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antipathy

[an-tip-uh-thee] /ænˈtɪp ə θi/
noun, plural antipathies.
1.
a natural, basic, or habitual repugnance; aversion.
2.
an instinctive contrariety or opposition in feeling.
3.
an object of natural aversion or habitual dislike.
Origin
1595-1605
1595-1605; < Latin antipathīa < Greek antipátheia. See anti-, -pathy
Related forms
antipathist, noun
Synonyms
1. disgust, abhorrence, detestation, hatred. See aversion.
Antonyms
1. attraction.
Dictionary.com Unabridged
Based on the Random House Dictionary, © Random House, Inc. 2014.
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Examples from the web for antipathy
  • Failing to endorse is not the same as expressing antipathy.
  • Such male antipathy towards rivals may be a mammalian universal.
  • He had an antipathy toward talking about his acting.
  • His antipathy has personal roots.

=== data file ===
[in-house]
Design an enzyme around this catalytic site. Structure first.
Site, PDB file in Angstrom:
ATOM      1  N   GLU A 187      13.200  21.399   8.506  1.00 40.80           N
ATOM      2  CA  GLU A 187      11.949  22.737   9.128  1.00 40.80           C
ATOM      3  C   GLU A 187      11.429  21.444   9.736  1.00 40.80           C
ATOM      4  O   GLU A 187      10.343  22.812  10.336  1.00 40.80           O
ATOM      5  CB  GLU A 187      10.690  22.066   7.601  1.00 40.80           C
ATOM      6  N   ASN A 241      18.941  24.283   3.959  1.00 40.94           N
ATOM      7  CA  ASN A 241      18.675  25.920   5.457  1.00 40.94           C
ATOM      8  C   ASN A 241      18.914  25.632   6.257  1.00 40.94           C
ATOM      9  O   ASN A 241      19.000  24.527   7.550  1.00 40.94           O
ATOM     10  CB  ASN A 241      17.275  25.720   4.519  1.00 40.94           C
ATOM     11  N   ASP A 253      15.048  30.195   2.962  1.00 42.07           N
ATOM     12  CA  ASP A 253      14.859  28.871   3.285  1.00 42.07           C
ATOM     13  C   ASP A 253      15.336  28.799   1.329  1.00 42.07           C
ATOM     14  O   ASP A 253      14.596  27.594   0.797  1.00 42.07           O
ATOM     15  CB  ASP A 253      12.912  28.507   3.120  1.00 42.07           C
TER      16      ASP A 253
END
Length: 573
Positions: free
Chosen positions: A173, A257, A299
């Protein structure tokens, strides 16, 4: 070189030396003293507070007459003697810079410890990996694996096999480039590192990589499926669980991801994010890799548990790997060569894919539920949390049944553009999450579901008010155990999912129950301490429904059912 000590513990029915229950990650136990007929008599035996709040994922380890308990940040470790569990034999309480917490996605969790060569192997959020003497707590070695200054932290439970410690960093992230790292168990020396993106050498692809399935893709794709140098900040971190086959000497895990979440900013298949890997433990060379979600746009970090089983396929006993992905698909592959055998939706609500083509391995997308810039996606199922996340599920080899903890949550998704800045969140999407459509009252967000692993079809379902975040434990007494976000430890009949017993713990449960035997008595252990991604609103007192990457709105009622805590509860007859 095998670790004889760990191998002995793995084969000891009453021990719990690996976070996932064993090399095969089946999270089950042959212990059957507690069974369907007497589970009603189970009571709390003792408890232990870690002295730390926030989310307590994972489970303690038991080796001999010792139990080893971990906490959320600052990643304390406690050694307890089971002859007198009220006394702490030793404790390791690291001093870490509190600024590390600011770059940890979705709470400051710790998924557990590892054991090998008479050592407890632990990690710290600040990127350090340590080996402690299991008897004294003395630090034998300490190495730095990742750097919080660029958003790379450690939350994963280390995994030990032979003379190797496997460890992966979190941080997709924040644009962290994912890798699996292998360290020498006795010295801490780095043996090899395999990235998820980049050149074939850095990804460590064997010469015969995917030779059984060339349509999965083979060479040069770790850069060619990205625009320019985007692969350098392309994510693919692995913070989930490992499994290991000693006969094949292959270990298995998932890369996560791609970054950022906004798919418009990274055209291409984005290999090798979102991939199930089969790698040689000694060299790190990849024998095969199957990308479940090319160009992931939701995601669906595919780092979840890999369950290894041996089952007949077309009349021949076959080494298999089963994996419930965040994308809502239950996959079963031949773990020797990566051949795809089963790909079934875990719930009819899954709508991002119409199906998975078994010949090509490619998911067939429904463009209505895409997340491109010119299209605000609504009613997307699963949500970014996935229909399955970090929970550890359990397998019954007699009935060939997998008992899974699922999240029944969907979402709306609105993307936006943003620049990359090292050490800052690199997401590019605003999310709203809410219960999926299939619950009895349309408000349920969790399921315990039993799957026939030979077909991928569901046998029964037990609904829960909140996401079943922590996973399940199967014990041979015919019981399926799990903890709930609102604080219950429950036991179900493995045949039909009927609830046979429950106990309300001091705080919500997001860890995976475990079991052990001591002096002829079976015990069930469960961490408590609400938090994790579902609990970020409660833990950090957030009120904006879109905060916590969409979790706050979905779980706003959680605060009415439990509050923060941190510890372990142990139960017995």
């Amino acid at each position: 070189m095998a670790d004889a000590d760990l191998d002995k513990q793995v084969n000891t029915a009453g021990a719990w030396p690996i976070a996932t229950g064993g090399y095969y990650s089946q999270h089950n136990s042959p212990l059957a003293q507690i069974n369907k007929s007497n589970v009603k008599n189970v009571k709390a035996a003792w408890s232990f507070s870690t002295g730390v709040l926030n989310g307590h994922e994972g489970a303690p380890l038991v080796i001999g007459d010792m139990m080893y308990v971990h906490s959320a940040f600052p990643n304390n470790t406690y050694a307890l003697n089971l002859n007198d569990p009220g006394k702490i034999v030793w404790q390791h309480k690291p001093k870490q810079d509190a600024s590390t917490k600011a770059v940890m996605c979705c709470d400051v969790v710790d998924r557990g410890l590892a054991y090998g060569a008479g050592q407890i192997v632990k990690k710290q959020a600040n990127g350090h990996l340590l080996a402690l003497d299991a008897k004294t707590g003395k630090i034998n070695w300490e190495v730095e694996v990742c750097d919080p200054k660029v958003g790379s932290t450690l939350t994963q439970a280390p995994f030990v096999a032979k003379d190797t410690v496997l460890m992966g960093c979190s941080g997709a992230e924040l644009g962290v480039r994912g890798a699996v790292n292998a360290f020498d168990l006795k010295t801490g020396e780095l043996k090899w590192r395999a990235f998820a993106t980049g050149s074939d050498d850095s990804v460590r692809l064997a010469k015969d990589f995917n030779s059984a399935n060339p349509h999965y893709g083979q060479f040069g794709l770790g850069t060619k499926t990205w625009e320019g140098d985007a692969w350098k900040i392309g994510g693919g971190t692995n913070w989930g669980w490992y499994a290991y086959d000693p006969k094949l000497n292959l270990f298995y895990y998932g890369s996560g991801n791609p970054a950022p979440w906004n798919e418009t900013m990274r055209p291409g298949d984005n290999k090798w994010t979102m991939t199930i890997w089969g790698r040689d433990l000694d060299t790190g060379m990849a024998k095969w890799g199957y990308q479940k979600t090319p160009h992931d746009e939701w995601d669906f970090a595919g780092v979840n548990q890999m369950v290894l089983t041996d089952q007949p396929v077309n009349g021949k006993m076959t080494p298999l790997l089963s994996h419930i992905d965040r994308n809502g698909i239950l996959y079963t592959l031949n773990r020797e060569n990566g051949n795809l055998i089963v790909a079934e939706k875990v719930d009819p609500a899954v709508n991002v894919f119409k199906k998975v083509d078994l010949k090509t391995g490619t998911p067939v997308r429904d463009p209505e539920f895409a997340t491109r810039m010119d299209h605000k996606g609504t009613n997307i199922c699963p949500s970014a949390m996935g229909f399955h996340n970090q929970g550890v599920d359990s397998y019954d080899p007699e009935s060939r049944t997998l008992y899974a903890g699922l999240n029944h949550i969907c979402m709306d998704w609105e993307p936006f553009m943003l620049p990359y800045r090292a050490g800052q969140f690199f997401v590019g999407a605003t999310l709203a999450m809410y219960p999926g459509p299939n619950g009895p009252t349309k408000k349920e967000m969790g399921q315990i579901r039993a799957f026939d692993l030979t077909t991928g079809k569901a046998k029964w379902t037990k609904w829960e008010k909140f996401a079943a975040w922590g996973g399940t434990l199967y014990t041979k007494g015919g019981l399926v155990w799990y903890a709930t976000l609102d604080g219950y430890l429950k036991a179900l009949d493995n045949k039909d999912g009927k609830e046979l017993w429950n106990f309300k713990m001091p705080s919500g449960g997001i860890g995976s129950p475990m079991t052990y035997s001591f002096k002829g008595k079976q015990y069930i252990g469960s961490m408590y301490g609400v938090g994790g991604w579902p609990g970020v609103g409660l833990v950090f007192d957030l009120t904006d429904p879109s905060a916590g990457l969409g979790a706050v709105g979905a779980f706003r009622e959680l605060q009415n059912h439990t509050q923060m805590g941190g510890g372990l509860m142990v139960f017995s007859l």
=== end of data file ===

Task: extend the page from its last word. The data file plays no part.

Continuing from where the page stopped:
• Run-ins with the police gave him a lifelong antipathy to authority.
  • You have a pretty consistent antipathy and disdain for reporters.
  • To abhor is to have a natural antipathy, and to show it by shuddering.
  • Little is more natural than antipathy for those who have what we want.
  • Part of people's antipathy toward them is that they are often cumbersome to use.
  • The parasite deftly knocks that antipathy out.
British Dictionary definitions for antipathy

antipathy

/ænˈtɪpəθɪ/
noun (pl) -thies
1.
a feeling of intense aversion, dislike, or hostility
2.
the object of such a feeling
Word Origin
C17: from Latin antipathia, from Greek antipatheia, from anti- + patheia feeling
Collins English Dictionary - Complete & Unabridged 2012 Digital Edition
© William Collins Sons & Co. Ltd. 1979, 1986 © HarperCollins
Publishers 1998, 2000, 2003, 2005, 2006, 2007, 2009, 2012
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Word Origin and History for antipathy
n.

c.1600, from Latin antipathia, from Greek antipatheia, noun of state from antipathes "opposed in feeling, having opposite feeling; in return for suffering; felt mutually," from anti- "against" (see anti-) + root of pathos "feeling" (see pathos).

Online Etymology Dictionary, © 2010 Douglas Harper
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17
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